Emma Raducanu has written a message of reassurance to her fans, saying that she has made a strong recovery from the alarming events of Monday night, and will cherish her achievements at this year’s Wimbledon.
But Raducanu also admitted that “the whole experience caught up with me”, leading to a spell of dizziness and disordered breathing that forced her to leave Court No1 just when she was trying to fight her way into the quarter-final.
Having become the youngest Briton to reach the fourth round of Wimbledon since Christine Truman in the late 1950s, 18-year-old Raducanu was forced to retire from her match against Alja Tomljanovic with breathing difficulties while trailing by a 6-4, 3-0 scoreline.
On Tuesday afternoon, she explained the circumstances around her shock exit in a short post on social media, stressing the physical strain of competing with such a strong and heavy-hitting opponent.
“Hi guys,” Raducanu said, “I wanted to let everyone know that I am feeling much better this morning. First up, I want to congratulate Ajla on an incredible performance and I’m sorry our match ended the way it did.
“I was playing the best tennis of my life in front of an amazing crowd this week and I think the whole experience caught up with me. At the end of the first set, after some super intense rallies, I started to breathe heavily and felt dizzy.
“The medical team advised me not to continue and although it felt like the hardest thing in the world not to be able to finish my Wimbledon on the court, I want to thank the people who have cheered me on every single match.
“I wanted to win so badly for you. I also want to thank the All England Club, my team, the Lawn Tennis Assocation, my parents and friends. Last night will go a long way to helping me learn what it takes to perform at the top."
Speaking to the BBC, Raducanu went into a little more detail about the discomfort she experienced on court.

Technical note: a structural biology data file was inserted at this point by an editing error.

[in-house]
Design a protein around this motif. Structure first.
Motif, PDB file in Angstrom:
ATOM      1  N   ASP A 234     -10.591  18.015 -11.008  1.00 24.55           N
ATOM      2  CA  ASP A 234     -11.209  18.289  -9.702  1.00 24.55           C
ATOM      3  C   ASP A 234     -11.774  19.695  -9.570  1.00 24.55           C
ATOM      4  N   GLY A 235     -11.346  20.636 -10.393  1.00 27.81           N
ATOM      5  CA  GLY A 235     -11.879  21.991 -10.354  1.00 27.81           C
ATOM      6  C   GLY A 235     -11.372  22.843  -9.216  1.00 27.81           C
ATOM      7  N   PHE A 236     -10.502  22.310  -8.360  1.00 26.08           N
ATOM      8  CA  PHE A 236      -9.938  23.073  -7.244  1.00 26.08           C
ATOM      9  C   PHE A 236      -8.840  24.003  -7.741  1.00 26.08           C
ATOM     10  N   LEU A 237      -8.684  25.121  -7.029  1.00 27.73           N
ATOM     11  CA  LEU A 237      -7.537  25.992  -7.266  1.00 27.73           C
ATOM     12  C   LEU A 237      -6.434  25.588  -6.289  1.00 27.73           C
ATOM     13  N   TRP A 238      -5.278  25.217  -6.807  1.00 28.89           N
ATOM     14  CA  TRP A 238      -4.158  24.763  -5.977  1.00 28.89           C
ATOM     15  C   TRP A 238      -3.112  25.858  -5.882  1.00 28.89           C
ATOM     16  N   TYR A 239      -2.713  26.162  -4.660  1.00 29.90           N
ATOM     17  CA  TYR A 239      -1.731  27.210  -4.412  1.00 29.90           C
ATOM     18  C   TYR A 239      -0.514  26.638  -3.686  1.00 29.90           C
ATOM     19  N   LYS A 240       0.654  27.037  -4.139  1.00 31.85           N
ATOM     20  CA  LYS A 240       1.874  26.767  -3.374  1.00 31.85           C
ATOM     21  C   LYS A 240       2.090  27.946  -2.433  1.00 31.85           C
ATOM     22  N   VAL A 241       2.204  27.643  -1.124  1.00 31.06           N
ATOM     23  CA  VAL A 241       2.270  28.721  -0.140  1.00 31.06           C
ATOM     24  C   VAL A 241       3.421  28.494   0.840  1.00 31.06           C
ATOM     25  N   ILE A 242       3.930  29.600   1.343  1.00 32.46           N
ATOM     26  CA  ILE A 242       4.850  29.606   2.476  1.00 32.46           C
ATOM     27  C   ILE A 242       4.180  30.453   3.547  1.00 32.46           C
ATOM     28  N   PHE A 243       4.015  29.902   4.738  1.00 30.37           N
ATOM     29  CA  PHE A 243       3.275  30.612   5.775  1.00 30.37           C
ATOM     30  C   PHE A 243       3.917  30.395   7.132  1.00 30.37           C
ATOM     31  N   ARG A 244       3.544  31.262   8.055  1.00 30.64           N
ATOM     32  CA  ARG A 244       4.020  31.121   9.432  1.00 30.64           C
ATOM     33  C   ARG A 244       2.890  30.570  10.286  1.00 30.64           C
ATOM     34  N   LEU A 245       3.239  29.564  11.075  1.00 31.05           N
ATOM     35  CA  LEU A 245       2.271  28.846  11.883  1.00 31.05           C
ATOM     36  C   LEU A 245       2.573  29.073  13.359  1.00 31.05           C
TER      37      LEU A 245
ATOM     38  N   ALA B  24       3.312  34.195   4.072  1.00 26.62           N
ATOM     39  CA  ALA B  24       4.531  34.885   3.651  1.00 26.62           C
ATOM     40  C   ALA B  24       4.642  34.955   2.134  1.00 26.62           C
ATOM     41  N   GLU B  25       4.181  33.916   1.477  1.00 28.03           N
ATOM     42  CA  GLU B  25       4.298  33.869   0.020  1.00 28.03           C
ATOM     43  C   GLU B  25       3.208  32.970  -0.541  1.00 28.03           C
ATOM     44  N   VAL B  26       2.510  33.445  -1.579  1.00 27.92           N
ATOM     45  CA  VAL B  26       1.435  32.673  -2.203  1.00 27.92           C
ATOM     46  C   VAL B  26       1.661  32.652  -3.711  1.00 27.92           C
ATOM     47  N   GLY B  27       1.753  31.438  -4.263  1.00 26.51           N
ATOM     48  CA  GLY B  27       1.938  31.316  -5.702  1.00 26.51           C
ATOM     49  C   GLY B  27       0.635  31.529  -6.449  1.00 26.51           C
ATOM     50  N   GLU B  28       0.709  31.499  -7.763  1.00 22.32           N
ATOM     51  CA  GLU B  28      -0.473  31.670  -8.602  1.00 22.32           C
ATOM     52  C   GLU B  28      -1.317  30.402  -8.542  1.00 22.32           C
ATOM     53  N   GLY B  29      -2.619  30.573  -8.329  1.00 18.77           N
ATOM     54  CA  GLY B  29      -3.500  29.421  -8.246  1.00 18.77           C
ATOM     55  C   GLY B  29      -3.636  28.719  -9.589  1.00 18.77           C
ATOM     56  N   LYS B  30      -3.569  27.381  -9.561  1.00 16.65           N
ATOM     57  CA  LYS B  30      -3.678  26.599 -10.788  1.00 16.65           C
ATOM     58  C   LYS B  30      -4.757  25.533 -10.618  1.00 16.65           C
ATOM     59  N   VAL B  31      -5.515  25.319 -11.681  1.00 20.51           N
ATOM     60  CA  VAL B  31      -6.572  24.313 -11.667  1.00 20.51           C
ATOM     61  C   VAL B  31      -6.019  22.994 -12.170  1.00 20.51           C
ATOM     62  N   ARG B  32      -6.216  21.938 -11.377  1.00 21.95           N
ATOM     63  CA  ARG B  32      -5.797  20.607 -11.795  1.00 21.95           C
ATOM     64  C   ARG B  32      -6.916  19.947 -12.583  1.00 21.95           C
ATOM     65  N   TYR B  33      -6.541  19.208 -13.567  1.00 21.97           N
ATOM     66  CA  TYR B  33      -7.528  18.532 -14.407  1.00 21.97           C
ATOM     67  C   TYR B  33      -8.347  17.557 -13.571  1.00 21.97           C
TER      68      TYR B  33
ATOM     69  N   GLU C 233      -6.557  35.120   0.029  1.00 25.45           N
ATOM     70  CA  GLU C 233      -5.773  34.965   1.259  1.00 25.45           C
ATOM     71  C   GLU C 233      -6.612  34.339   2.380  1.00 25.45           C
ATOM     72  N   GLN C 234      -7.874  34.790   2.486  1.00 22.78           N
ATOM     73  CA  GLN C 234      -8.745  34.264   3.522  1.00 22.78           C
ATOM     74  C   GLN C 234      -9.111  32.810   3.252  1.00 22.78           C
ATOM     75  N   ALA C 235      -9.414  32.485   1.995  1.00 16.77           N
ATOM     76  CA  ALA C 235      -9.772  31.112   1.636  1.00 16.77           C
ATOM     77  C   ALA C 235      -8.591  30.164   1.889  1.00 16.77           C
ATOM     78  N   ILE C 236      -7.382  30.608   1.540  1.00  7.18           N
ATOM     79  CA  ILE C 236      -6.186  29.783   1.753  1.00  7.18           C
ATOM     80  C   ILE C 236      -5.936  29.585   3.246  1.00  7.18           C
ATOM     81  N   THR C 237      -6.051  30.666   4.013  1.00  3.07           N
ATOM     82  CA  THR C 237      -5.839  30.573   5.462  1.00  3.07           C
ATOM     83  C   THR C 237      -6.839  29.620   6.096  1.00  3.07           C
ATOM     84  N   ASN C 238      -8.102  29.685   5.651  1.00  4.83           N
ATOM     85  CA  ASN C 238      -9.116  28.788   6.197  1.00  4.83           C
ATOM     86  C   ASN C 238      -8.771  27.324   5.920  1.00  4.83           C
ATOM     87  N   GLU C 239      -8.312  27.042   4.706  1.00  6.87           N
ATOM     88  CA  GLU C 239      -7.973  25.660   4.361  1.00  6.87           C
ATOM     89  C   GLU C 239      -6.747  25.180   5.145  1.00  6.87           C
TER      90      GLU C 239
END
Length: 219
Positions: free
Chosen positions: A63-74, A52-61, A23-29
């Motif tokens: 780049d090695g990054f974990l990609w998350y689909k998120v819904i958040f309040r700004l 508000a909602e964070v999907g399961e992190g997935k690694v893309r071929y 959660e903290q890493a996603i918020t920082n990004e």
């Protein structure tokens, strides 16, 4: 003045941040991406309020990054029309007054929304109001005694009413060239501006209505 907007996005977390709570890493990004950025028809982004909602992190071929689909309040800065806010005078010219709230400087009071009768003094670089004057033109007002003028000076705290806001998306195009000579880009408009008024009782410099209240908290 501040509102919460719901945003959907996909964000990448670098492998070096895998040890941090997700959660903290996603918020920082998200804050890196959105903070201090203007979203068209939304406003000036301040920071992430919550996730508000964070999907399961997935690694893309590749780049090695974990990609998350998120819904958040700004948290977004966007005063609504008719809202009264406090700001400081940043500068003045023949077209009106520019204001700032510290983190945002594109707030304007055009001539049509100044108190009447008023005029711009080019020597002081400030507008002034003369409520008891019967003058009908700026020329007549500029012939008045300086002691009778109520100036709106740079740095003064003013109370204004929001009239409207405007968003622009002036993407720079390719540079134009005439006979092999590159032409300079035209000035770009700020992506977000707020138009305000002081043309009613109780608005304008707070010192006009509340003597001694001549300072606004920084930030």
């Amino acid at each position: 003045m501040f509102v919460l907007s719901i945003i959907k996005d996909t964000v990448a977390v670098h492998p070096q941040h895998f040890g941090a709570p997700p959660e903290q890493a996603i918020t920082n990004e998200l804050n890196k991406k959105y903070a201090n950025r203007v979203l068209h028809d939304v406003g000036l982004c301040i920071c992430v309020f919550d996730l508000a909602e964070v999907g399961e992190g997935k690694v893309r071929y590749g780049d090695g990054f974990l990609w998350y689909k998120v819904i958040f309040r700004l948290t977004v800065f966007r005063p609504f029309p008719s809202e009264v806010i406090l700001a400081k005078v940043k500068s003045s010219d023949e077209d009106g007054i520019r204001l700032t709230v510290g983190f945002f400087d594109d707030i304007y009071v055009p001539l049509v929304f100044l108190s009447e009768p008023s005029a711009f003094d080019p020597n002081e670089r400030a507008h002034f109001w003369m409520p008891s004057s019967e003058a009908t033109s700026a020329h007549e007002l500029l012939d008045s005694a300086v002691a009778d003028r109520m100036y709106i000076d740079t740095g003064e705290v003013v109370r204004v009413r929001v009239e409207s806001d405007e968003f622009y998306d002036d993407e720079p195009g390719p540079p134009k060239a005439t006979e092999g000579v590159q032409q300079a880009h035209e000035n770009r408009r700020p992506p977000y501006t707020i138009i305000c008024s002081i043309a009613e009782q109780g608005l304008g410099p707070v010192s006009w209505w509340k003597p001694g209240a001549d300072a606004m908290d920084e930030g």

"I found it very difficult to regulate my breathing," she said. "It was emphasised by the long rallies towards the end of the first set. It made it hard to keep my breathing in check.
"The beginning of the second set was when I struggled with it the most and I called the trainer on.
"I don’t know what caused it. It was a combination of everything that has gone on behind the scenes in the last week…I’ve probably played in front of a 100 people before so to play on Court 1 was a great opportunity. To play in front of such a crowd, it’s been the best week of my life."
What happened during the match?
From early in the match Raducanu seemed to be struggling physically and mentally with the battle.
She called the trainer to the court while trailing Tomljanovic by a 6-4, 3-0 margin, and was told “nice slow breaths, that’s it” and was seen holding her stomach.
Covid protocols then required Raducanu to put on a face mask as she left the court, which was possibly the last thing she wanted to do as she gasped for air.
After a delay of about five minutes, the referee came out and chair umpire Aurelie Torte announced to the crowd that the match was over.
The end arrived abruptly and unexpectedly. A Wimbledon spokesperson later said that the Briton had withdrawn with "breathing difficulties".
Was the scheduling of the match a factor?
Wimbledon defended its scheduling of Raducanu’s fourth-round match as the third and final encounter on No1 Court, which meant she did not start playing the match for nore than nine hours after arriving on site.
A statement read: “We were very sad to see Emma forced to withdraw from her match last night and wish her all the best with her recovery. She should be commended for the poise and maturity she has shown throughout the Wimbledon fortnight, and we very much look forward to welcoming her back to Wimbledon next year and in the years to come.
“In respect to scheduling, as always, the scheduling of the order of play each day at The Championships is a complex operation, and although we take great care when scheduling matches and allocating court on a daily basis, it is not an exact science. All decisions are made with fairness and the best interests of the tournament players, spectators and our worldwide broadcast audience at heart, but the unpredictable nature of the length of matches and the British weather can and will cause disruption to any schedule.”
Raducanu denied that the scheduling had been a factor in her withdrawal.